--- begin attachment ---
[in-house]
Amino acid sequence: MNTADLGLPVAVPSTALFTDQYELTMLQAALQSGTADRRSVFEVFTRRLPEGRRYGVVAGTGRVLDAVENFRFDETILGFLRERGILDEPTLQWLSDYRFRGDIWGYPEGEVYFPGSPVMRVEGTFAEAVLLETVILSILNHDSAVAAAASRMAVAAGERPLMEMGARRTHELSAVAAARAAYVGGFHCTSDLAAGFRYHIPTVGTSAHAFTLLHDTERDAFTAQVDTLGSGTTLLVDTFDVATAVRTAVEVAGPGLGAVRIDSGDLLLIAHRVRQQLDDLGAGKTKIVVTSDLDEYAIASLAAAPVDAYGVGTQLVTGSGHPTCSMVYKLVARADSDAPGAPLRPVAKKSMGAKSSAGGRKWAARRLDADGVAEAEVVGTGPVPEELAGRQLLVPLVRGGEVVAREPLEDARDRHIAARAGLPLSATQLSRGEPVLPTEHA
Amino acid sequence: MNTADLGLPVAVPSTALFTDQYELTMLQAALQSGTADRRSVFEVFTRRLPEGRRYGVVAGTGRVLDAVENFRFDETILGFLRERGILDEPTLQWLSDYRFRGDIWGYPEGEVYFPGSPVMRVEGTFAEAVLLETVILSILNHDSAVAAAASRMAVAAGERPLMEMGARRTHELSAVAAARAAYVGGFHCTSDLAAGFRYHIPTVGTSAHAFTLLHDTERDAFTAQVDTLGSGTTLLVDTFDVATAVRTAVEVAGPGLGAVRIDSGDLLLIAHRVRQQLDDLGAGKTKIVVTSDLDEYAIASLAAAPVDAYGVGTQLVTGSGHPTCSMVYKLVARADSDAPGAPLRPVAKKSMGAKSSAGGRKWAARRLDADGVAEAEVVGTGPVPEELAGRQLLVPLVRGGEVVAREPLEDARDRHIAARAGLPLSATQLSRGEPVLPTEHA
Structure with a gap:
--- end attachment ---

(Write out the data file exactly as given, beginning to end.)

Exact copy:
[in-house]
Amino acid sequence: MNTADLGLPVAVPSTALFTDQYELTMLQAALQSGTADRRSVFEVFTRRLPEGRRYGVVAGTGRVLDAVENFRFDETILGFLRERGILDEPTLQWLSDYRFRGDIWGYPEGEVYFPGSPVMRVEGTFAEAVLLETVILSILNHDSAVAAAASRMAVAAGERPLMEMGARRTHELSAVAAARAAYVGGFHCTSDLAAGFRYHIPTVGTSAHAFTLLHDTERDAFTAQVDTLGSGTTLLVDTFDVATAVRTAVEVAGPGLGAVRIDSGDLLLIAHRVRQQLDDLGAGKTKIVVTSDLDEYAIASLAAAPVDAYGVGTQLVTGSGHPTCSMVYKLVARADSDAPGAPLRPVAKKSMGAKSSAGGRKWAARRLDADGVAEAEVVGTGPVPEELAGRQLLVPLVRGGEVVAREPLEDARDRHIAARAGLPLSATQLSRGEPVLPTEHA
Amino acid sequence: MNTADLGLPVAVPSTALFTDQYELTMLQAALQSGTADRRSVFEVFTRRLPEGRRYGVVAGTGRVLDAVENFRFDETILGFLRERGILDEPTLQWLSDYRFRGDIWGYPEGEVYFPGSPVMRVEGTFAEAVLLETVILSILNHDSAVAAAASRMAVAAGERPLMEMGARRTHELSAVAAARAAYVGGFHCTSDLAAGFRYHIPTVGTSAHAFTLLHDTERDAFTAQVDTLGSGTTLLVDTFDVATAVRTAVEVAGPGLGAVRIDSGDLLLIAHRVRQQLDDLGAGKTKIVVTSDLDEYAIASLAAAPVDAYGVGTQLVTGSGHPTCSMVYKLVARADSDAPGAPLRPVAKKSMGAKSSAGGRKWAARRLDADGVAEAEVVGTGPVPEELAGRQLLVPLVRGGEVVAREPLEDARDRHIAARAGLPLSATQLSRGEPVLPTEHA
Structure with a gap: